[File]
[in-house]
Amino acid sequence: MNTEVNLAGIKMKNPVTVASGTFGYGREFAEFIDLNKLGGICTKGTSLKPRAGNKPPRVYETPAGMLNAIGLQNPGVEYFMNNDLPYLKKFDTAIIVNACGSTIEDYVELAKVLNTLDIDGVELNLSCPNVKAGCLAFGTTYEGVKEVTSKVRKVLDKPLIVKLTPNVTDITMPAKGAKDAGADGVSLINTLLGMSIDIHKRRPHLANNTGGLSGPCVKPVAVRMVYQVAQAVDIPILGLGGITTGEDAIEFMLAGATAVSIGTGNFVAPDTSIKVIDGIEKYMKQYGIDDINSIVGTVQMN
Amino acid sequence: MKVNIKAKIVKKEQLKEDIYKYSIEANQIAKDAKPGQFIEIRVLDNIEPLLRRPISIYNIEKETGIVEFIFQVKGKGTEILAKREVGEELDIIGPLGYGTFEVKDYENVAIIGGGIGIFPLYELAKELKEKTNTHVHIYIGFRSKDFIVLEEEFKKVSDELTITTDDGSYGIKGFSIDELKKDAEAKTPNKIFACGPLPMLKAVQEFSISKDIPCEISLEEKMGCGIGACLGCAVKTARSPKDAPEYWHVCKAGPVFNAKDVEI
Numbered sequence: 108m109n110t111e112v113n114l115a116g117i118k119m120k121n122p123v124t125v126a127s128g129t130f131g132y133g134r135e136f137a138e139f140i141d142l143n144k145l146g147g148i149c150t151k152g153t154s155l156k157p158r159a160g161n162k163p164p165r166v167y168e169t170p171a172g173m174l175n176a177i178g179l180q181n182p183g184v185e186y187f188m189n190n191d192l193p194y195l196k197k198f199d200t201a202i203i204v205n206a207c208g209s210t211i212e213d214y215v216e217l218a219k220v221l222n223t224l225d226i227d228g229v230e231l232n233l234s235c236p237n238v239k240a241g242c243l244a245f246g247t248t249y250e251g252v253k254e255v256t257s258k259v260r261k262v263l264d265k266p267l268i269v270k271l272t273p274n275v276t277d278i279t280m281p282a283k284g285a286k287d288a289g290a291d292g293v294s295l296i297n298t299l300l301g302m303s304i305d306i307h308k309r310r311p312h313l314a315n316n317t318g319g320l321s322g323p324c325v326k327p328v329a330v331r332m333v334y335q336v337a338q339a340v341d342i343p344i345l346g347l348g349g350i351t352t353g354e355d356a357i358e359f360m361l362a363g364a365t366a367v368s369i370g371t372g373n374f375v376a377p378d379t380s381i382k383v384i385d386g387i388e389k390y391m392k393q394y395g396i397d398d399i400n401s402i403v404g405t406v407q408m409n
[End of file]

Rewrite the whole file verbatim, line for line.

[in-house]
Amino acid sequence: MNTEVNLAGIKMKNPVTVASGTFGYGREFAEFIDLNKLGGICTKGTSLKPRAGNKPPRVYETPAGMLNAIGLQNPGVEYFMNNDLPYLKKFDTAIIVNACGSTIEDYVELAKVLNTLDIDGVELNLSCPNVKAGCLAFGTTYEGVKEVTSKVRKVLDKPLIVKLTPNVTDITMPAKGAKDAGADGVSLINTLLGMSIDIHKRRPHLANNTGGLSGPCVKPVAVRMVYQVAQAVDIPILGLGGITTGEDAIEFMLAGATAVSIGTGNFVAPDTSIKVIDGIEKYMKQYGIDDINSIVGTVQMN
Amino acid sequence: MKVNIKAKIVKKEQLKEDIYKYSIEANQIAKDAKPGQFIEIRVLDNIEPLLRRPISIYNIEKETGIVEFIFQVKGKGTEILAKREVGEELDIIGPLGYGTFEVKDYENVAIIGGGIGIFPLYELAKELKEKTNTHVHIYIGFRSKDFIVLEEEFKKVSDELTITTDDGSYGIKGFSIDELKKDAEAKTPNKIFACGPLPMLKAVQEFSISKDIPCEISLEEKMGCGIGACLGCAVKTARSPKDAPEYWHVCKAGPVFNAKDVEI
Numbered sequence: 108m109n110t111e112v113n114l115a116g117i118k119m120k121n122p123v124t125v126a127s128g129t130f131g132y133g134r135e136f137a138e139f140i141d142l143n144k145l146g147g148i149c150t151k152g153t154s155l156k157p158r159a160g161n162k163p164p165r166v167y168e169t170p171a172g173m174l175n176a177i178g179l180q181n182p183g184v185e186y187f188m189n190n191d192l193p194y195l196k197k198f199d200t201a202i203i204v205n206a207c208g209s210t211i212e213d214y215v216e217l218a219k220v221l222n223t224l225d226i227d228g229v230e231l232n233l234s235c236p237n238v239k240a241g242c243l244a245f246g247t248t249y250e251g252v253k254e255v256t257s258k259v260r261k262v263l264d265k266p267l268i269v270k271l272t273p274n275v276t277d278i279t280m281p282a283k284g285a286k287d288a289g290a291d292g293v294s295l296i297n298t299l300l301g302m303s304i305d306i307h308k309r310r311p312h313l314a315n316n317t318g319g320l321s322g323p324c325v326k327p328v329a330v331r332m333v334y335q336v337a338q339a340v341d342i343p344i345l346g347l348g349g350i351t352t353g354e355d356a357i358e359f360m361l362a363g364a365t366a367v368s369i370g371t372g373n374f375v376a377p378d379t380s381i382k383v384i385d386g387i388e389k390y391m392k393q394y395g396i397d398d399i400n401s402i403v404g405t406v407q408m409n